Mesa school district, city officials discuss recreation options for campuses - East Valley Tribune: Mesa

Mesa school district, city officials discuss recreation options for campuses

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Posted: Friday, March 30, 2012 12:47 pm

Mesa residents could see new Little League fields, more youth soccer fields and an additional public pool if leaders move forward with ideas presented to the Mesa City Council and Mesa Unified School District governing board Friday during a joint breakfast.

And if voters back the funds needed.

The presentation was given by Marc Heirshberg, director of Mesa’s parks, recreation and commercial facilities department, and Steve Hogen, athletics director for the school district. The event included Mayor Scott Smith, Superintendent Mike Cowan, city council members, school board members, district leaders, and city representatives.

The presentation looked at future parks, recreation and aquatics construction at Mesa High School, the soon-to-be closed Mesa Junior High School, and the former Powell Junior High School site, now the Mesa Education Center.

Now that the ideas for the locations have been presented, the real work begins.

“We’ll have to fine-tune the proposals, meaning we’re going to have to place dollar figures to it,” Hogen said. “Then we’re going to have to decide who does what. It will then be presented to the school board and city council.”

Smith said there is the challenge of deciding whether or not to move forward with bond proposals to raise funds.

“We’ll need to be extra careful in what we present to voters, realizing we’re still in iffy economic times,” Smith said. “Both the schools and city have real needs and opportunities ... The challenge is going to be balancing the appetite of the electorate to invest.”

The school district is already considering a bond issue for the November ballot to raise funds to address facilities. A committee made up of staff, teachers, students, residents and business and city leaders is looking at the district’s 87 schools, their conditions and their enrollments to give recommendations to the governing board.

The board has until June to let the county know if it plans to put a bond question on the November ballot. Smith said the city has about a month longer to do so.

The first part of the presentation focused on Mesa High School. The two groups are proposing a public pool — which could also be used by the school’s swim teams — to be located either on the southwest corner of the current parking lot on Southern Avenue in front of the school or behind the school near Harris and Eighth Avenue.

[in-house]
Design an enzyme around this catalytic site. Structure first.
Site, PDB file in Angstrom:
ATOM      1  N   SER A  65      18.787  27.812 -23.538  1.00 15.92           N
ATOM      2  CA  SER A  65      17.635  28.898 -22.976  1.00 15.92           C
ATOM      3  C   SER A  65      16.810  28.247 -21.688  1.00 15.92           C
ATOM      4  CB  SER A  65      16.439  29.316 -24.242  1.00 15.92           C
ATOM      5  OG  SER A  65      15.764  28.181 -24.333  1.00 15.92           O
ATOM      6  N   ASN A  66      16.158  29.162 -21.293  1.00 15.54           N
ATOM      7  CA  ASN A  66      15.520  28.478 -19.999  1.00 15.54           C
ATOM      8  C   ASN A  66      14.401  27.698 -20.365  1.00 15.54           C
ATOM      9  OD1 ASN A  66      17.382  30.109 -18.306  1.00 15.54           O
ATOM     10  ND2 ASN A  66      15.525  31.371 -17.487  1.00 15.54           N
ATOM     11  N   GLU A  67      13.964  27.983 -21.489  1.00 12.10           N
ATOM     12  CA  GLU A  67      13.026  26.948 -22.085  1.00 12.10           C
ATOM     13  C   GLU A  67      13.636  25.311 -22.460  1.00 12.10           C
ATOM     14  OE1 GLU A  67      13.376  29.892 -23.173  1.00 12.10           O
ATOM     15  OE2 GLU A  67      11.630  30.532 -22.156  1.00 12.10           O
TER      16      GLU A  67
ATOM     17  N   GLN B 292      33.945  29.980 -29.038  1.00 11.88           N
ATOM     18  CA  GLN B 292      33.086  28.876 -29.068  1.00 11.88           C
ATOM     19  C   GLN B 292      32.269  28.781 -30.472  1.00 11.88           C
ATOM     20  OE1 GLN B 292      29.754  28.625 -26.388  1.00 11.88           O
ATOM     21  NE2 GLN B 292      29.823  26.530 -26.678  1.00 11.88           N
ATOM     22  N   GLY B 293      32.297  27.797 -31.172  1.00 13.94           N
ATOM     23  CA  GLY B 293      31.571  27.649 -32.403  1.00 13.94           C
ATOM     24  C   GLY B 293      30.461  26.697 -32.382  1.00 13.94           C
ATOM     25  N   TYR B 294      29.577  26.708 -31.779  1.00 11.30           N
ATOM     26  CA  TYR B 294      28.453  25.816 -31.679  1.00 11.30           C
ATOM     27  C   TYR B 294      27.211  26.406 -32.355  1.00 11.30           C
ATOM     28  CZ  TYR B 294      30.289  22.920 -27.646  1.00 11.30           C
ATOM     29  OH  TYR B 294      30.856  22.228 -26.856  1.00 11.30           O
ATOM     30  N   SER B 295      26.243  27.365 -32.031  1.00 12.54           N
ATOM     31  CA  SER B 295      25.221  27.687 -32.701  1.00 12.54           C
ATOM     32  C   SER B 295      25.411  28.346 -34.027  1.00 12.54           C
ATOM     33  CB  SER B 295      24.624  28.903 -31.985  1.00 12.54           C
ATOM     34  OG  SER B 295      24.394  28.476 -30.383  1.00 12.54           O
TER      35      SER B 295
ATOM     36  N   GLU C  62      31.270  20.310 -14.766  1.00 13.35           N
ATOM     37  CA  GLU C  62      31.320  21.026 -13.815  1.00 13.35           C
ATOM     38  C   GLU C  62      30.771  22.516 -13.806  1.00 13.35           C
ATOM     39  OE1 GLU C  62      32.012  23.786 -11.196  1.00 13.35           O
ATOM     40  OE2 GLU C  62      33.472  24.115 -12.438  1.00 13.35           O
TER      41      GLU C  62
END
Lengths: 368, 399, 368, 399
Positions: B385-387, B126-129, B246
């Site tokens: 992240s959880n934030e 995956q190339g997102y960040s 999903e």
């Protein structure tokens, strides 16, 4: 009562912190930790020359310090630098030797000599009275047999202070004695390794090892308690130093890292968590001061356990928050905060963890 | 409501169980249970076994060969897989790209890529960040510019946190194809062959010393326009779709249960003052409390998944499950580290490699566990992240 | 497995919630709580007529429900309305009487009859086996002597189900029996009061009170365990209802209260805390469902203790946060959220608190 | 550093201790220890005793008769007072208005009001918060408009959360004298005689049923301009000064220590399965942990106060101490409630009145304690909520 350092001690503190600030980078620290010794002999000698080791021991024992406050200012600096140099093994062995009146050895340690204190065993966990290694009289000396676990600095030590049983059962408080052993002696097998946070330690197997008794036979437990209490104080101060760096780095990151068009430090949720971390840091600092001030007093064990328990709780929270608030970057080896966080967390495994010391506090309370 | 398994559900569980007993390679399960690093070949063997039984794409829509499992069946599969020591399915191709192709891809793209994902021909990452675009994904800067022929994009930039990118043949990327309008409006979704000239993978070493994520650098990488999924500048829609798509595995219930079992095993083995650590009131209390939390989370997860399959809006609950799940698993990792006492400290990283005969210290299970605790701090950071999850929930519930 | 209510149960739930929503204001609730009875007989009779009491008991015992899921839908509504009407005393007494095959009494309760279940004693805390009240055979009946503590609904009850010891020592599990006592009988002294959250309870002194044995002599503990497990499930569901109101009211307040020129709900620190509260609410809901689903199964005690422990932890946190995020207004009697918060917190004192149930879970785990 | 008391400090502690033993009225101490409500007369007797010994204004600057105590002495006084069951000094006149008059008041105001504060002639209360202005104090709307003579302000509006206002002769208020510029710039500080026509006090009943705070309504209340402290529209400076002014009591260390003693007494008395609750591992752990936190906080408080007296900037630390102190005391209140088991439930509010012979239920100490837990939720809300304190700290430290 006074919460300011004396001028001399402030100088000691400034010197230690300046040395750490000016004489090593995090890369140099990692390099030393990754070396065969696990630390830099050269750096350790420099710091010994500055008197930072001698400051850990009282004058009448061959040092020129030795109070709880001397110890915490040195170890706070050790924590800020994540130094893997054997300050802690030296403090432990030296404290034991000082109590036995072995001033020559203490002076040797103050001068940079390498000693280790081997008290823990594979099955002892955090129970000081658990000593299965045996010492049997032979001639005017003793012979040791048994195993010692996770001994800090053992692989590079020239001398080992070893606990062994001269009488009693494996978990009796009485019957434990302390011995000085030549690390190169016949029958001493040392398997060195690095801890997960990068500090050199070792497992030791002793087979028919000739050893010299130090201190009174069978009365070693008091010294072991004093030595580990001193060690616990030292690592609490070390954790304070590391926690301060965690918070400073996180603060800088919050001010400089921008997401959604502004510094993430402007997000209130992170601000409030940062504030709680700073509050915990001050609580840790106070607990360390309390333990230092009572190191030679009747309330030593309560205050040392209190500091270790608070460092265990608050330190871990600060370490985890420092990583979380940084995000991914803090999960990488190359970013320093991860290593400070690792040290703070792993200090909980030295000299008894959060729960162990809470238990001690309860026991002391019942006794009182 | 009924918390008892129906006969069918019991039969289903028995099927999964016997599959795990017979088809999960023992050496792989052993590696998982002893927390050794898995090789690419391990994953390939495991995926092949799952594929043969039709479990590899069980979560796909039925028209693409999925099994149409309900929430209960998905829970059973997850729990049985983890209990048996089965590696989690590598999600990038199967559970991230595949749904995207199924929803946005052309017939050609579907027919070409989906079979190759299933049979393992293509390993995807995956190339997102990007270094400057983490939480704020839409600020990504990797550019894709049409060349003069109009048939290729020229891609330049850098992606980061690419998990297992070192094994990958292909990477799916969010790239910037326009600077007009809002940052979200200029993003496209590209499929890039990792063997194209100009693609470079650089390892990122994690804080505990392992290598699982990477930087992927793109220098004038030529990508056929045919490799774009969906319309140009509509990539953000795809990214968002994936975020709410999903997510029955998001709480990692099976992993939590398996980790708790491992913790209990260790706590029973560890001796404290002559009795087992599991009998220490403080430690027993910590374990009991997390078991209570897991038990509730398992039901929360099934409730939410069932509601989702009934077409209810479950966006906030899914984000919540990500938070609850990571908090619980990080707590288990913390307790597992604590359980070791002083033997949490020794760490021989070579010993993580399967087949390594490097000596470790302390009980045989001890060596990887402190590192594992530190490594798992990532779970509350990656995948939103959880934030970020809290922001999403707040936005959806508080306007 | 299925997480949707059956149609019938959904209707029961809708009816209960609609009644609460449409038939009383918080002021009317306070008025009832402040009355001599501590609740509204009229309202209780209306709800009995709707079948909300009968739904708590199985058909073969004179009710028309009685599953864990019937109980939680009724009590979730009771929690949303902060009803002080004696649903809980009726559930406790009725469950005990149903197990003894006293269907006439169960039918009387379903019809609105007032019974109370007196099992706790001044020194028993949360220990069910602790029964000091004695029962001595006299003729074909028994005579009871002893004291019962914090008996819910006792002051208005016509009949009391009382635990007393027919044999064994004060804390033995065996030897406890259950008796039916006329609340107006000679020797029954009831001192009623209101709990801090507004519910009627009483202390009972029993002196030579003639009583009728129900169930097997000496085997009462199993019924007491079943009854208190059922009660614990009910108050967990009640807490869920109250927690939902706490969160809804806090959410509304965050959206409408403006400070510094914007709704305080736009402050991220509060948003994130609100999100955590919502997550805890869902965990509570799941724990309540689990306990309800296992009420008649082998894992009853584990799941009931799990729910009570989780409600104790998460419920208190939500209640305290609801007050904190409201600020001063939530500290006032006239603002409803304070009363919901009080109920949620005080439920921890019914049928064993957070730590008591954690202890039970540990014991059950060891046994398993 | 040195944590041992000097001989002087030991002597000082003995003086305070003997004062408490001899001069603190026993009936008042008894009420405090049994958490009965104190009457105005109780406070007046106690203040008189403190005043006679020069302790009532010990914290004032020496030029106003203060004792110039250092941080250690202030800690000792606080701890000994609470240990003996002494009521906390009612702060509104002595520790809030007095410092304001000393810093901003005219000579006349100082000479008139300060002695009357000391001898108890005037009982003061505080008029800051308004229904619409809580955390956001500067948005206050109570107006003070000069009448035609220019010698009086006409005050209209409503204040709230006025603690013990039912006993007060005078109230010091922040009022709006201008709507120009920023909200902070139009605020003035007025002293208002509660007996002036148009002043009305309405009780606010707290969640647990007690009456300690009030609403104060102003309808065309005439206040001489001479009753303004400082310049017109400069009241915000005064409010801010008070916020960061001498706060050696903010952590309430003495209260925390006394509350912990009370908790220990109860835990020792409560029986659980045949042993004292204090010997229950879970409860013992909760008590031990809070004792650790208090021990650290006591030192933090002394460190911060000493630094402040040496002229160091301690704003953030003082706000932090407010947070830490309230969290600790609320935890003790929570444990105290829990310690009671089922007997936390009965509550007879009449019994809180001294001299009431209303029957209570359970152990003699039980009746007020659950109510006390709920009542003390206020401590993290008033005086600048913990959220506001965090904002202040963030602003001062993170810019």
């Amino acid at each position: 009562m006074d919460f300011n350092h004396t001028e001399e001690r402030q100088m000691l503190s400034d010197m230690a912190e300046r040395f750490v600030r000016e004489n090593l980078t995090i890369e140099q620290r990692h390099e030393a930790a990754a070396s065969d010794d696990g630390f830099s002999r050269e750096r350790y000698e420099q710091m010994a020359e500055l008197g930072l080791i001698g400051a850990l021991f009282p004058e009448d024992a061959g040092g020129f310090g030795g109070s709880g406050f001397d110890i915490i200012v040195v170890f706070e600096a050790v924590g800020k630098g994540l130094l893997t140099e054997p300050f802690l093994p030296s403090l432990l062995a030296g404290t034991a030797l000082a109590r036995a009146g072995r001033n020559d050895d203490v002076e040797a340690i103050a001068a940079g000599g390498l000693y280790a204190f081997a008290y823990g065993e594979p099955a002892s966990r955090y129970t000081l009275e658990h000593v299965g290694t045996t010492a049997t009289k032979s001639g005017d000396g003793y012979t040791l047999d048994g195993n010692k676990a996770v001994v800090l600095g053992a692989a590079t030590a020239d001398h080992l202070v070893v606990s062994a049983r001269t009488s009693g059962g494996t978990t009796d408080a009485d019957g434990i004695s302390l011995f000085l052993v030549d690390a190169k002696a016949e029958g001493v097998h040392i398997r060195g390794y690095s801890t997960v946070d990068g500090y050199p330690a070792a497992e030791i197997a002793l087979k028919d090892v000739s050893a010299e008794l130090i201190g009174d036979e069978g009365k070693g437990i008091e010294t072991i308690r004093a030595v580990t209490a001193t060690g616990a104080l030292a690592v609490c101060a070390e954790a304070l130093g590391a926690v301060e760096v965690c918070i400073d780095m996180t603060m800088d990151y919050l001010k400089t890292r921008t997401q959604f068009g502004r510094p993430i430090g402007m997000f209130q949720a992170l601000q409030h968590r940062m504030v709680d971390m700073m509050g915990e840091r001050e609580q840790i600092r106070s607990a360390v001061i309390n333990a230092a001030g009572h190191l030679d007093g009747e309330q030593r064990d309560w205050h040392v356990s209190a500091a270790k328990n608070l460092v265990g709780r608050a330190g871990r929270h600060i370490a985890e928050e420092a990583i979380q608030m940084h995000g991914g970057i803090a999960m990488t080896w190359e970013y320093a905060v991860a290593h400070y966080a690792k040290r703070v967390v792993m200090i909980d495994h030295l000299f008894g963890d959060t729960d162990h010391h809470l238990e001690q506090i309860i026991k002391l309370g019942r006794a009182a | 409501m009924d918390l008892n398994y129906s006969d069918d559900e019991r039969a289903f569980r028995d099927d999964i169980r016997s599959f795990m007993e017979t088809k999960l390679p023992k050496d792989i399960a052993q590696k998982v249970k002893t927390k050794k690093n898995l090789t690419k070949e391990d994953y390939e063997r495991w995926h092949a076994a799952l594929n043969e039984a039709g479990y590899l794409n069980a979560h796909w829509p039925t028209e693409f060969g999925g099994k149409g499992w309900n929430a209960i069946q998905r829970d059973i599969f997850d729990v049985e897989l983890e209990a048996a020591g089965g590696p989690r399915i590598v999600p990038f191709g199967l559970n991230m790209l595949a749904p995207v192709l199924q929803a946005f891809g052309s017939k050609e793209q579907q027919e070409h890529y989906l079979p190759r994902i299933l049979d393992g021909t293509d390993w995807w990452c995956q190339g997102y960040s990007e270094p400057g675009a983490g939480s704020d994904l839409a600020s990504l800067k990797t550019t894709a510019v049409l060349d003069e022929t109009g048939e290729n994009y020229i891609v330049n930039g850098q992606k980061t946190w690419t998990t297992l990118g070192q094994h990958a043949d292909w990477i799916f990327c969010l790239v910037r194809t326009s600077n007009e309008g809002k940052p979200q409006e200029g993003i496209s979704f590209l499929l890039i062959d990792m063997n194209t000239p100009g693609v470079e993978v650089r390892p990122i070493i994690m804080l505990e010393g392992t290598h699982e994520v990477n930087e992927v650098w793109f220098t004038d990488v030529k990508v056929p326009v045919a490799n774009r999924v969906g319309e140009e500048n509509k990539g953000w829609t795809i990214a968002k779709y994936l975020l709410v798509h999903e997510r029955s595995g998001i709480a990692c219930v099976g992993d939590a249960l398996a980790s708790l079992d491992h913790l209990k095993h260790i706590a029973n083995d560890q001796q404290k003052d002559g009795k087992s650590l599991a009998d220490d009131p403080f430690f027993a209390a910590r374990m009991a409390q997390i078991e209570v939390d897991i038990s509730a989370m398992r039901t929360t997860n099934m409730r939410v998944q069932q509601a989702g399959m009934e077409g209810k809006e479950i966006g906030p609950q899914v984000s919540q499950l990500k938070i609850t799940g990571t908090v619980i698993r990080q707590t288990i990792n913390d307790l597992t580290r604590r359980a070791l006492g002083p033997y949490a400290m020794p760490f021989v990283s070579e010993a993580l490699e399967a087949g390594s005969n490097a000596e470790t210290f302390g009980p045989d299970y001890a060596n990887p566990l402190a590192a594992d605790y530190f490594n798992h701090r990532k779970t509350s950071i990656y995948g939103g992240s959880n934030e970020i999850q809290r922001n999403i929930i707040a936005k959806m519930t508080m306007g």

A new softball field could also be built in the back part of the campus, Hogen said, for the school and the public. “Little League is asking for more fields at that site,” Hogen said.

Heirshberg said the city’s adult softball program is also growing in popularity.

“We’re at the point where we’re working with the athletic directors. We’re capitalizing on every empty space, band practice fields, anywhere we can squeeze somebody in,”

A large part the discussion revolved around Mesa Junior High. When board members voted to close the site late last year, they did so with a recommendation to demolish most of the buildings. The board still needs to decide what to do with the auditorium, library and gymnasium.

While soccer and ball fields could be created over much of what remains on the site, there’s not a clear picture of what to do with the larger buildings. Both groups acknowledged there could be demand from the public for those buildings — especially for the auditorium — but it’s unclear if the finances would be available to keep them maintained and operating.

The last site discussed was the Mesa Education Center. Since that site closed as Powell Junior High, the district has moved the community education department and several smaller school programs there. It’s also used in the evening by a number of youth and adult sports programs. Across the street sits Kleinman Park, which, Heirshberg said, has some underutilized areas (including the tennis courts). Additional ball fields could be created there as well.

“These are all moveable pieces to see what could fit,” Heirshberg said. “We have not taken these to the parks and recreation advisory board, or full city council. This is just the first unveiling.”

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